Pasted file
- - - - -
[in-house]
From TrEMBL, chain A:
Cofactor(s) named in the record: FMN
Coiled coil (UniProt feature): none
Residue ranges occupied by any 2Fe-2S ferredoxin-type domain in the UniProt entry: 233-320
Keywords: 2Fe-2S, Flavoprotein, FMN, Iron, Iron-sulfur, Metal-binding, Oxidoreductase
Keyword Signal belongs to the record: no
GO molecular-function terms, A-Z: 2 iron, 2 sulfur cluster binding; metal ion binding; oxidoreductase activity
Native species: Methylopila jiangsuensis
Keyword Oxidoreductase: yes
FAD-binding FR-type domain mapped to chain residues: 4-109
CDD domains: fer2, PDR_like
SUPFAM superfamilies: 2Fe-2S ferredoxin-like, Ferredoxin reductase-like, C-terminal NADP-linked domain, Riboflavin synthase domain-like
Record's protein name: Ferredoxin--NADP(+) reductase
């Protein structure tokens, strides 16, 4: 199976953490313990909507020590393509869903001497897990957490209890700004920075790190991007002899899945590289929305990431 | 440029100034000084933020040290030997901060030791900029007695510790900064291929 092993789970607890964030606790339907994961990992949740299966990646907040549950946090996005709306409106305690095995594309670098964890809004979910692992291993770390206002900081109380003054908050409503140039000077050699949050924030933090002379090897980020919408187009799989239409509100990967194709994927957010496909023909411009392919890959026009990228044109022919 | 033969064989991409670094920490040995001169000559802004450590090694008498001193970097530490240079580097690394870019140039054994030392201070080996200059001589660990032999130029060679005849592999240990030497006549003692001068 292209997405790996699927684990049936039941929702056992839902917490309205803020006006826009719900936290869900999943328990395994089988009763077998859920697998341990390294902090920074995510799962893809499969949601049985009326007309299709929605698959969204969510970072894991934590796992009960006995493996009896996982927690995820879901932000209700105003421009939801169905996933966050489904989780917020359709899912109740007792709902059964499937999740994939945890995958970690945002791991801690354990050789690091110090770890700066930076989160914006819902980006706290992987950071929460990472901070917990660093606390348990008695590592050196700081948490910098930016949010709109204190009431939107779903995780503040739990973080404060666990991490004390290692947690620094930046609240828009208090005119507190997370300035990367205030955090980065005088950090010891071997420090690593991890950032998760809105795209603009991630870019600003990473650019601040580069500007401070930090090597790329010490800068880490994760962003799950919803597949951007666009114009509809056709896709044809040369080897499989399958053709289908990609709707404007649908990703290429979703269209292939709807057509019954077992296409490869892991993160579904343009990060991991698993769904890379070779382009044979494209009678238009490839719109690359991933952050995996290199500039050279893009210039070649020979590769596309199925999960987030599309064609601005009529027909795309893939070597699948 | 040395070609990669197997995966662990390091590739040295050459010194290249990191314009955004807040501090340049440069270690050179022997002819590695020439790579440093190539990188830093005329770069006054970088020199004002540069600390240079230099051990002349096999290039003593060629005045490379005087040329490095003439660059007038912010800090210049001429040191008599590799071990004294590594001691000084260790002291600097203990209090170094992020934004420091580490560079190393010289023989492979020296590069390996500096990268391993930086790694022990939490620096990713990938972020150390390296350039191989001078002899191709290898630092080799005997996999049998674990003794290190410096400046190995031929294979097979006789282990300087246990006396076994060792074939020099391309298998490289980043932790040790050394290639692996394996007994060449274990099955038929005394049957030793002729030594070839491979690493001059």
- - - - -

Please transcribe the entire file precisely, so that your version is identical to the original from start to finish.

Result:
[in-house]
From TrEMBL, chain A:
Cofactor(s) named in the record: FMN
Coiled coil (UniProt feature): none
Residue ranges occupied by any 2Fe-2S ferredoxin-type domain in the UniProt entry: 233-320
Keywords: 2Fe-2S, Flavoprotein, FMN, Iron, Iron-sulfur, Metal-binding, Oxidoreductase
Keyword Signal belongs to the record: no
GO molecular-function terms, A-Z: 2 iron, 2 sulfur cluster binding; metal ion binding; oxidoreductase activity
Native species: Methylopila jiangsuensis
Keyword Oxidoreductase: yes
FAD-binding FR-type domain mapped to chain residues: 4-109
CDD domains: fer2, PDR_like
SUPFAM superfamilies: 2Fe-2S ferredoxin-like, Ferredoxin reductase-like, C-terminal NADP-linked domain, Riboflavin synthase domain-like
Record's protein name: Ferredoxin--NADP(+) reductase
């Protein structure tokens, strides 16, 4: 199976953490313990909507020590393509869903001497897990957490209890700004920075790190991007002899899945590289929305990431 | 440029100034000084933020040290030997901060030791900029007695510790900064291929 092993789970607890964030606790339907994961990992949740299966990646907040549950946090996005709306409106305690095995594309670098964890809004979910692992291993770390206002900081109380003054908050409503140039000077050699949050924030933090002379090897980020919408187009799989239409509100990967194709994927957010496909023909411009392919890959026009990228044109022919 | 033969064989991409670094920490040995001169000559802004450590090694008498001193970097530490240079580097690394870019140039054994030392201070080996200059001589660990032999130029060679005849592999240990030497006549003692001068 292209997405790996699927684990049936039941929702056992839902917490309205803020006006826009719900936290869900999943328990395994089988009763077998859920697998341990390294902090920074995510799962893809499969949601049985009326007309299709929605698959969204969510970072894991934590796992009960006995493996009896996982927690995820879901932000209700105003421009939801169905996933966050489904989780917020359709899912109740007792709902059964499937999740994939945890995958970690945002791991801690354990050789690091110090770890700066930076989160914006819902980006706290992987950071929460990472901070917990660093606390348990008695590592050196700081948490910098930016949010709109204190009431939107779903995780503040739990973080404060666990991490004390290692947690620094930046609240828009208090005119507190997370300035990367205030955090980065005088950090010891071997420090690593991890950032998760809105795209603009991630870019600003990473650019601040580069500007401070930090090597790329010490800068880490994760962003799950919803597949951007666009114009509809056709896709044809040369080897499989399958053709289908990609709707404007649908990703290429979703269209292939709807057509019954077992296409490869892991993160579904343009990060991991698993769904890379070779382009044979494209009678238009490839719109690359991933952050995996290199500039050279893009210039070649020979590769596309199925999960987030599309064609601005009529027909795309893939070597699948 | 040395070609990669197997995966662990390091590739040295050459010194290249990191314009955004807040501090340049440069270690050179022997002819590695020439790579440093190539990188830093005329770069006054970088020199004002540069600390240079230099051990002349096999290039003593060629005045490379005087040329490095003439660059007038912010800090210049001429040191008599590799071990004294590594001691000084260790002291600097203990209090170094992020934004420091580490560079190393010289023989492979020296590069390996500096990268391993930086790694022990939490620096990713990938972020150390390296350039191989001078002899191709290898630092080799005997996999049998674990003794290190410096400046190995031929294979097979006789282990300087246990006396076994060792074939020099391309298998490289980043932790040790050394290639692996394996007994060449274990099955038929005394049957030793002729030594070839491979690493001059």